Jessica Papin is an agent at Dystel and Goderich in New York. Prior to that, she was the Director of International Rights at the American University in Cairo Press, in Egypt, and an editor at Warner Books (now Grand Central Publishing) in New York. With a background on both sides of the desk, Papin loves working collaboratively with clients to shape and refine their work. She is interested in literary and smart commercial fiction, narrative non-fiction, history, medicine, science, economics and women’s issues. In every case, she looks for passion, erudition, and storytelling skill. A wry sense of humor doesn’t hurt.
   Michelle Tessler established her New York-based literary agency in 2004. She represents a select number of best-selling and emerging authors of upmarket fiction (literary and commercial) and nonfiction (including narrative, popular science, memoir, history, psychology, business, biography, food, and travel). She values fresh, original writing that has a compelling point of view. She represents, among many others, Paul Collins, Frans de Waal, Mira Jacob, Amy Stewart and Amanda Eyre Ward. She is a member of the Association of Author’s Representatives and Women’s Media Group. More about the agency can be found at

Featured Editors include:

Michelle Howry, Simon & Schuster/Touchstone
Jodi Warshaw, Amazon Publishing

   Michelle Howry specializes in commercial nonfiction. Her bestsellers at Touchstone include popular history books like THE GIRLS OF ATOMIC CITY by Denise Kiernan, diet category-killers THE NEW ATKINS FOR A NEW YOU and THE FORKS OVER KNIVES PLAN, pint-sized Hollywood diva Kristin Chenoweth’s A LITTLE BIT WICKED, and the BRO CODE franchise of books (with more than 1.5 million copies in print). Michelle acquires platform-driven practical nonfiction in the areas of self-help, personal finance, psychology, relationships, cookbooks, and health, as well as narrative nonfiction in categories such as popular history, biography, popular science and technology, and some celebrity memoir, including two upcoming books from #1 New York Times–bestselling author Matthew Inman, aka The Oatmeal.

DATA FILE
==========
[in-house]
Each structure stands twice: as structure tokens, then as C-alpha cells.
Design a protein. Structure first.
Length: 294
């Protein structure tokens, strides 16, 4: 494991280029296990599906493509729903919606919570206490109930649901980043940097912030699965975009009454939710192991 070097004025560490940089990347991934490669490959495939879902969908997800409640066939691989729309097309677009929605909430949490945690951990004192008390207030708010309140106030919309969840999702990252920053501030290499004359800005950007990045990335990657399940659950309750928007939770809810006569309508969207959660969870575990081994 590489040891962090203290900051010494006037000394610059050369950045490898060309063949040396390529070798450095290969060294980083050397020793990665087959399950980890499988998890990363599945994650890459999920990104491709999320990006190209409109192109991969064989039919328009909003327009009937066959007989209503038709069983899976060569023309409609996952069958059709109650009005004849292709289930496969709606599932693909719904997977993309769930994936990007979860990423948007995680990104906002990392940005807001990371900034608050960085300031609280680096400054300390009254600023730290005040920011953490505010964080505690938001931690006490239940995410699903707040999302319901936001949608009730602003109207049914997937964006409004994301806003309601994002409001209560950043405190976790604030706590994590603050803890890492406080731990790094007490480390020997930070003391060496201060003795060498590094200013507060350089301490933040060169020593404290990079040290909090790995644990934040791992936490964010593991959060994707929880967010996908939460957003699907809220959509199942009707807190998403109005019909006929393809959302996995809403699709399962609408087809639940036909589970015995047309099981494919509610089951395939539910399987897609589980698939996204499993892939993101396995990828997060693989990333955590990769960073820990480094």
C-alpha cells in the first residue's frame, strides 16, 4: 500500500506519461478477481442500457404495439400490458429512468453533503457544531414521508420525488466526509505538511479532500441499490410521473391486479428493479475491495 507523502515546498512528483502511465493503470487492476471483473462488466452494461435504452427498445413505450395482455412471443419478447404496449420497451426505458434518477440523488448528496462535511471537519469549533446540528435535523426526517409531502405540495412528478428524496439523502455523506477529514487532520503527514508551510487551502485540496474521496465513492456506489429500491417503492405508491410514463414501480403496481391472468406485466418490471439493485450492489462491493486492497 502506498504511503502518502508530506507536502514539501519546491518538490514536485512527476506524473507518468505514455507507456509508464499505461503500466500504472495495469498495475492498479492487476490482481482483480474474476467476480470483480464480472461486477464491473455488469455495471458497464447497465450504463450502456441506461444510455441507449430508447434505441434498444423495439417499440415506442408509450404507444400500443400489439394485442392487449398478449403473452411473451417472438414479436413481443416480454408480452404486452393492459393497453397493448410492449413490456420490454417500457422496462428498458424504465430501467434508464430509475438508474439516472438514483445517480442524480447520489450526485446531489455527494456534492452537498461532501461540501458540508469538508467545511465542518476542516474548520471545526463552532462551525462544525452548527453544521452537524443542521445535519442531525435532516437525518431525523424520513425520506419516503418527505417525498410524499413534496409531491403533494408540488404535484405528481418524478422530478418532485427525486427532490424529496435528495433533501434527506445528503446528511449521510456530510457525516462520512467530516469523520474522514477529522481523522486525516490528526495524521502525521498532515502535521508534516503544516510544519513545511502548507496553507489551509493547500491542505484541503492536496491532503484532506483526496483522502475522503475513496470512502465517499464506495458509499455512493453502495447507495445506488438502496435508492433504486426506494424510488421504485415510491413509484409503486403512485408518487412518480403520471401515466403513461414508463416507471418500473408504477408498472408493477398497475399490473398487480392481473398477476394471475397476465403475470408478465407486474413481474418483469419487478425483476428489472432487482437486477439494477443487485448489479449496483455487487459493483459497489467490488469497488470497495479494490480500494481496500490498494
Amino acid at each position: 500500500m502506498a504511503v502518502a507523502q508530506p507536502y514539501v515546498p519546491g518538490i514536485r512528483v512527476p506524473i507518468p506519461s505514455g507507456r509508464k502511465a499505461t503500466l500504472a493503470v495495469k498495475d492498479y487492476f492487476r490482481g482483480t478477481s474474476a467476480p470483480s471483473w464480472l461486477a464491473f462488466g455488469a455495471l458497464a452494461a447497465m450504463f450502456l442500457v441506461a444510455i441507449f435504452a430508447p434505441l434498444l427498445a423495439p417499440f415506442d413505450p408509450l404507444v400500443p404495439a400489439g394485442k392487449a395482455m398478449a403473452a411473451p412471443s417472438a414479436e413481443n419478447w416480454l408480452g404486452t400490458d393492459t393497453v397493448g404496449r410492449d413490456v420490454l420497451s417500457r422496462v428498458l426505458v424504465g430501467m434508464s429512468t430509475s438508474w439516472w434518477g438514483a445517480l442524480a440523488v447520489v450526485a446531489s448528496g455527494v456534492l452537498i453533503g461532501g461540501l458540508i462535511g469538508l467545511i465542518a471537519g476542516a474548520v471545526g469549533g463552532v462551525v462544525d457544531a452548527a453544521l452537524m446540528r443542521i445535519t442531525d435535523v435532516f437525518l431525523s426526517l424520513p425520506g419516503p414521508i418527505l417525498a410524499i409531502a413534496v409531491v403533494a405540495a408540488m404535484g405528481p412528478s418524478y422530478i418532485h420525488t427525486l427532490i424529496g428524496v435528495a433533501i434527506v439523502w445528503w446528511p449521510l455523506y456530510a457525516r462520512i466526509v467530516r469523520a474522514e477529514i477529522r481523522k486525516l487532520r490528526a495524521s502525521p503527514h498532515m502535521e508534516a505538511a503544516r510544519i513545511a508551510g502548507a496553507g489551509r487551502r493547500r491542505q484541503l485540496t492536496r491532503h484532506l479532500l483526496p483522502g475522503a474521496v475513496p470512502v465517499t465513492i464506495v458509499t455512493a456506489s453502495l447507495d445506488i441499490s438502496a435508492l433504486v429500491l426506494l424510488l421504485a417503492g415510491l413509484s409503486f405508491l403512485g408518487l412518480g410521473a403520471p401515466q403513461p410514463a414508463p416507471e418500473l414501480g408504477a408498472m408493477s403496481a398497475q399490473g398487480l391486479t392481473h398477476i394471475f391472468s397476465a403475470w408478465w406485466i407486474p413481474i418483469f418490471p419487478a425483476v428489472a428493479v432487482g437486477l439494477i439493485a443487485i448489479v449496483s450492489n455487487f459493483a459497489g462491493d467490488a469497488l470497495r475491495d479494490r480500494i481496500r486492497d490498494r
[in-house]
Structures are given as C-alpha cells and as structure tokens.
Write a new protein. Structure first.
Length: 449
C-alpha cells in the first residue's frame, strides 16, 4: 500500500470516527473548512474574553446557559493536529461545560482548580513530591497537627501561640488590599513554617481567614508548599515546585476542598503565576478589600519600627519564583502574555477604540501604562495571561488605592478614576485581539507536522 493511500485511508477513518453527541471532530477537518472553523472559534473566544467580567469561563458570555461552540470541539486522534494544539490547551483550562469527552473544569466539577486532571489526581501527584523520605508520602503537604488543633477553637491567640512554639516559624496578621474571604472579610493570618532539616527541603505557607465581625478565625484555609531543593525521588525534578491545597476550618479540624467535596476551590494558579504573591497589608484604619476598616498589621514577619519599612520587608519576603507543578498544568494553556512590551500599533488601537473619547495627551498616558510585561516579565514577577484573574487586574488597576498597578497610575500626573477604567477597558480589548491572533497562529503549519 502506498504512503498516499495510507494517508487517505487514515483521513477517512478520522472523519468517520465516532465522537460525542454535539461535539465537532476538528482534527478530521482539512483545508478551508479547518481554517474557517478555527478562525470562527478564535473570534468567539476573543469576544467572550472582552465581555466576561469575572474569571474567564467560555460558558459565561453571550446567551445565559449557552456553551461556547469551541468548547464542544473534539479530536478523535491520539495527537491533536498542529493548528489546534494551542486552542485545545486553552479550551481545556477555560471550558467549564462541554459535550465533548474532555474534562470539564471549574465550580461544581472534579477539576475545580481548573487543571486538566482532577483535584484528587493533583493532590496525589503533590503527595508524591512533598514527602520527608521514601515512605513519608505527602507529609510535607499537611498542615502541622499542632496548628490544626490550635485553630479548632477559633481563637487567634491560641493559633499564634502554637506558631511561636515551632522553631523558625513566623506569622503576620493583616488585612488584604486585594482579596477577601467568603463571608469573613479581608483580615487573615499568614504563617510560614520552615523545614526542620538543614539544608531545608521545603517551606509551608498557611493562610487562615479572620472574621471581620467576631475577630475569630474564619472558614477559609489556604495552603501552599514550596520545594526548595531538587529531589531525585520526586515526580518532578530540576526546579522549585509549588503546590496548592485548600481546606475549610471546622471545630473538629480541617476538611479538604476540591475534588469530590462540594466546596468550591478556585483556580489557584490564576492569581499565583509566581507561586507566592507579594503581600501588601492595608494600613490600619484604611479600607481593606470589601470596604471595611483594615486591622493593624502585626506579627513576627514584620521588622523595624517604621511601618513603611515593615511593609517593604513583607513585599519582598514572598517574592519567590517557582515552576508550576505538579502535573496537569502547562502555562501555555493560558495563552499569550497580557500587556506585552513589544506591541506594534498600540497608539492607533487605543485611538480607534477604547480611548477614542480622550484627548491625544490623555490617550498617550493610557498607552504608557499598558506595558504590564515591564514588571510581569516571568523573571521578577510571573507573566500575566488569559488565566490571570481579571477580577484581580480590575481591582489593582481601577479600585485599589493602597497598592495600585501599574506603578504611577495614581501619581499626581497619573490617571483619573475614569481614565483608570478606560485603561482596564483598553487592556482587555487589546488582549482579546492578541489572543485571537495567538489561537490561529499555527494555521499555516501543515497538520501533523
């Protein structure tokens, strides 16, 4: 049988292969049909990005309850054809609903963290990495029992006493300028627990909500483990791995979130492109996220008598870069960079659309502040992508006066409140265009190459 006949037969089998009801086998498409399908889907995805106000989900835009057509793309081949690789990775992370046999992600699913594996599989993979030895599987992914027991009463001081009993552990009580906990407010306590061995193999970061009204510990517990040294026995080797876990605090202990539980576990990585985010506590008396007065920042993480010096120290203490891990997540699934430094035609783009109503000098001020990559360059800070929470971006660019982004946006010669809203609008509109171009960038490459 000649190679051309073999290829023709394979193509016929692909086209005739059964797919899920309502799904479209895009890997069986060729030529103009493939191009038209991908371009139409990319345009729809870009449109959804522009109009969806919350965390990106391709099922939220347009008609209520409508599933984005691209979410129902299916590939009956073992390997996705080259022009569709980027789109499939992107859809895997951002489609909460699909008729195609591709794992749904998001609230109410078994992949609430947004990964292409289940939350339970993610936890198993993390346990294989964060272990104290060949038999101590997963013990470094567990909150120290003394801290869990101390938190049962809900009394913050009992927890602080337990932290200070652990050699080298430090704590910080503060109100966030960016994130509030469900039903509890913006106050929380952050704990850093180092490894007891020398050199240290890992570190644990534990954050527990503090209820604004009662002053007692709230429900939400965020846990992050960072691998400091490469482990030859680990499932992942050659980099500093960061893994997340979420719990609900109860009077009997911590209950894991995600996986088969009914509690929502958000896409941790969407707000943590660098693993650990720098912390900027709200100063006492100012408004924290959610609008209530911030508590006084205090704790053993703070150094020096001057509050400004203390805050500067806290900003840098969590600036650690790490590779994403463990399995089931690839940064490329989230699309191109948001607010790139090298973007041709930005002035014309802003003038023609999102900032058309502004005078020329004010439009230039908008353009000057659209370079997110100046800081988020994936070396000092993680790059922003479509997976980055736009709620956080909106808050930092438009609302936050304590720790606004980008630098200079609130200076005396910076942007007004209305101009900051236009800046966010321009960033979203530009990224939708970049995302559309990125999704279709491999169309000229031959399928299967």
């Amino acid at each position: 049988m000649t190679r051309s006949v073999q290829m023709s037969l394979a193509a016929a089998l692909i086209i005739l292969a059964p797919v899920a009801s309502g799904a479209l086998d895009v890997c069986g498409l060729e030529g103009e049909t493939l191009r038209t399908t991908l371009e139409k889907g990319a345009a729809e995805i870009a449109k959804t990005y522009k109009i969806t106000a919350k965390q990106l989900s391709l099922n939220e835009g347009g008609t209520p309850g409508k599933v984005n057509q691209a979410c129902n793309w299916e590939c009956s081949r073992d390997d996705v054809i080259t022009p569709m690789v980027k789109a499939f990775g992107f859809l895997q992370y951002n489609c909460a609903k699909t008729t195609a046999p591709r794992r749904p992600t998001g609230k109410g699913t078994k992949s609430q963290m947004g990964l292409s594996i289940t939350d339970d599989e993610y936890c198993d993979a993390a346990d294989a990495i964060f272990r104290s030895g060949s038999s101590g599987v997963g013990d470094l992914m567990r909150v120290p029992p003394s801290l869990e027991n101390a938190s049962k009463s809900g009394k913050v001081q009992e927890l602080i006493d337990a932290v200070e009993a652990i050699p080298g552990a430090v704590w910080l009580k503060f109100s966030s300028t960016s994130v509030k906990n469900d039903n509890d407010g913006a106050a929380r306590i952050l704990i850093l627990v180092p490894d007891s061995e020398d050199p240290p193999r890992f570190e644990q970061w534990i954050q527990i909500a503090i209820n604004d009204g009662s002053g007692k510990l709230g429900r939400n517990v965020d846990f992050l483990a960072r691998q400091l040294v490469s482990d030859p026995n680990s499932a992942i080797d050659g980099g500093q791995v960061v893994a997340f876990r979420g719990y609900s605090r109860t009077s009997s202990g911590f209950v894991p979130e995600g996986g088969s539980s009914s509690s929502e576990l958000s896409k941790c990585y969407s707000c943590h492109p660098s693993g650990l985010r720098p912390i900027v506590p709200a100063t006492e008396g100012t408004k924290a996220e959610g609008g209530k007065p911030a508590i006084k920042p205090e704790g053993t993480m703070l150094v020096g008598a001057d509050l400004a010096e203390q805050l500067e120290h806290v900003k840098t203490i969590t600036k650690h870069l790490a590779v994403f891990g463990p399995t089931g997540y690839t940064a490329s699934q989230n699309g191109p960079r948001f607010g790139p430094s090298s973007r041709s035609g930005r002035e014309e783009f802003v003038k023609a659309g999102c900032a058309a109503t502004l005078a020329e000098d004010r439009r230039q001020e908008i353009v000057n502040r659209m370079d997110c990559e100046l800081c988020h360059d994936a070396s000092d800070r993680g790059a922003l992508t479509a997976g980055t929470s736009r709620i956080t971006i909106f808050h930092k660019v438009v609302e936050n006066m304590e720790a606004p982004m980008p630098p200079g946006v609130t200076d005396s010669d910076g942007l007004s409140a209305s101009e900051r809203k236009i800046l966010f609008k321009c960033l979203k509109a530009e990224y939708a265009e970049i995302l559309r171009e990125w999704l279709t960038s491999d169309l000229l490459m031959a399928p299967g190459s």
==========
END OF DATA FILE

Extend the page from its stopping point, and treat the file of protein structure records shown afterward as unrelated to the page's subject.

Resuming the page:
Jodi Warshaw got her start in publishing as an intern for Gordon Lish at Alfred A. Knopf and his literary magazine, The Quarterly. From there she moved to San Francisco to edit pop-culture titles for Chronicle Books. For the past two years she’s been at Lake Union Publishing, an imprint of Amazon Publishing, where she acquires book-club fiction. Her taste runs the gamut from historical to contemporary women’s fiction, and right now she’s particularly looking for issue-oriented fiction in the vein of THE PERFECT SON by Barbara Claypole White and INSIDE THE O’BRIENS by Lisa Genova.


Saturday, January 16, 2016

Austin Book Fest set March 5

   Several authors, including Julie Kenner, will be in Austin, TX Saturday, March 5, noon until 4 p.m. at the Austin Book Fest, at the Hyatt Regency Austin.
   The event is hosted by Vilma's Book Blog and sponsored by InkSlinger PR and Atria Books. There will be a over 40 authors.
   The hotel is at 208 Barton Springs on shores of Lady Bird Lake in downtown Austin.
For more info:

Friday, August 07, 2015

Rewriting – A checklist for Authors

Rewriting – A checklist for Authors
From Writers Write

  1. Have you started with an inciting moment?
  2. Have you introduced your main characters in the opening scenes?
  3. Have you checked genre requirements?
  4. Have you included enough dialogue? (At least 50%)
  5. What is your promise to the reader in the beginning? Is it clear?
  6. Is there enough conflict?
  7. Have you considered your target market?
  8. Have you explained something in dialogue and in the narrative?
  9. Have you given your protagonist a distinctive voice?
  10. Have you done a spell check?
  11. Do you have too many long sentences?
  12. Have you removed most of your adverbs?
  13. Have you reduced your adjectives?
  14. Have you removed the imprecise or nonsensical?
  15. Have you cut out gratuitous similes and metaphors?
  16. Have you cut out gratuitous profanity?
  17. Have you reduced the passive voice?
  18. Have you taken out your pretentious pieces of writing?
  19. Have you taken out author intrusion and inadvertent preaching?
  20. Have you used the correct lexicon for the genre?
  21. Have you rewritten your novel at least five times?